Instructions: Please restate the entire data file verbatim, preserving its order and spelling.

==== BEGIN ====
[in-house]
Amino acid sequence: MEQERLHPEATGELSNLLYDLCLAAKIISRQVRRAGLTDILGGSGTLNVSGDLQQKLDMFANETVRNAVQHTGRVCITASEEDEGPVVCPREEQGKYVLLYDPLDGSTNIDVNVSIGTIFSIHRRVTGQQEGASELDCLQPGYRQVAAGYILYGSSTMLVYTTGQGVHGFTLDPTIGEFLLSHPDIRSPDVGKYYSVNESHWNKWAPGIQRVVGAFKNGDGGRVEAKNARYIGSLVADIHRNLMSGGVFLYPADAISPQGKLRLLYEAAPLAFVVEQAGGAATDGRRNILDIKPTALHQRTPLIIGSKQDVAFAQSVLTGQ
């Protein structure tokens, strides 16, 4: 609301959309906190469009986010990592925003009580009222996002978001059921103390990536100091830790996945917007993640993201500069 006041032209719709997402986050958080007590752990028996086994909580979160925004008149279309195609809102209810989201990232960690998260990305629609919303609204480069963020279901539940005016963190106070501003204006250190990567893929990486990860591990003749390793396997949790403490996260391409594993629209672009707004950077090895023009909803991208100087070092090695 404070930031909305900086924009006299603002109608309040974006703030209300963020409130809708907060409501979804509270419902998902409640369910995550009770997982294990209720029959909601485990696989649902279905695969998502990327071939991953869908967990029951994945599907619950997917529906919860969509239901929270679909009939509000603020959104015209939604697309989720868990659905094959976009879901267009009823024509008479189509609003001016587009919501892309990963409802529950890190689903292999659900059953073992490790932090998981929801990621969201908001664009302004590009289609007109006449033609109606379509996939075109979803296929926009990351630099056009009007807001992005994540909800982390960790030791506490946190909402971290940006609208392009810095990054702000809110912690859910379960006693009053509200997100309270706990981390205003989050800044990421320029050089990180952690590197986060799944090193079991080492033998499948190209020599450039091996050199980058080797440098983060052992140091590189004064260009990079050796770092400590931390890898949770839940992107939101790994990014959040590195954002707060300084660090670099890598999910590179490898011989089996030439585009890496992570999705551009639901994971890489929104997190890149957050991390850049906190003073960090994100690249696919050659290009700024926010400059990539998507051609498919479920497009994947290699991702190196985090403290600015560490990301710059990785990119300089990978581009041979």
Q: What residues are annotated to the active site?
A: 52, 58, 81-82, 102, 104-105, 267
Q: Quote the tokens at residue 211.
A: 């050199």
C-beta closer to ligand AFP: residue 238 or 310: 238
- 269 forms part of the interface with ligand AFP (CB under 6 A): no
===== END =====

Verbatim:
[in-house]
Amino acid sequence: MEQERLHPEATGELSNLLYDLCLAAKIISRQVRRAGLTDILGGSGTLNVSGDLQQKLDMFANETVRNAVQHTGRVCITASEEDEGPVVCPREEQGKYVLLYDPLDGSTNIDVNVSIGTIFSIHRRVTGQQEGASELDCLQPGYRQVAAGYILYGSSTMLVYTTGQGVHGFTLDPTIGEFLLSHPDIRSPDVGKYYSVNESHWNKWAPGIQRVVGAFKNGDGGRVEAKNARYIGSLVADIHRNLMSGGVFLYPADAISPQGKLRLLYEAAPLAFVVEQAGGAATDGRRNILDIKPTALHQRTPLIIGSKQDVAFAQSVLTGQ
């Protein structure tokens, strides 16, 4: 609301959309906190469009986010990592925003009580009222996002978001059921103390990536100091830790996945917007993640993201500069 006041032209719709997402986050958080007590752990028996086994909580979160925004008149279309195609809102209810989201990232960690998260990305629609919303609204480069963020279901539940005016963190106070501003204006250190990567893929990486990860591990003749390793396997949790403490996260391409594993629209672009707004950077090895023009909803991208100087070092090695 404070930031909305900086924009006299603002109608309040974006703030209300963020409130809708907060409501979804509270419902998902409640369910995550009770997982294990209720029959909601485990696989649902279905695969998502990327071939991953869908967990029951994945599907619950997917529906919860969509239901929270679909009939509000603020959104015209939604697309989720868990659905094959976009879901267009009823024509008479189509609003001016587009919501892309990963409802529950890190689903292999659900059953073992490790932090998981929801990621969201908001664009302004590009289609007109006449033609109606379509996939075109979803296929926009990351630099056009009007807001992005994540909800982390960790030791506490946190909402971290940006609208392009810095990054702000809110912690859910379960006693009053509200997100309270706990981390205003989050800044990421320029050089990180952690590197986060799944090193079991080492033998499948190209020599450039091996050199980058080797440098983060052992140091590189004064260009990079050796770092400590931390890898949770839940992107939101790994990014959040590195954002707060300084660090670099890598999910590179490898011989089996030439585009890496992570999705551009639901994971890489929104997190890149957050991390850049906190003073960090994100690249696919050659290009700024926010400059990539998507051609498919479920497009994947290699991702190196985090403290600015560490990301710059990785990119300089990978581009041979």
Q: What residues are annotated to the active site?
A: 52, 58, 81-82, 102, 104-105, 267
Q: Quote the tokens at residue 211.
A: 């050199």
C-beta closer to ligand AFP: residue 238 or 310: 238
- 269 forms part of the interface with ligand AFP (CB under 6 A): no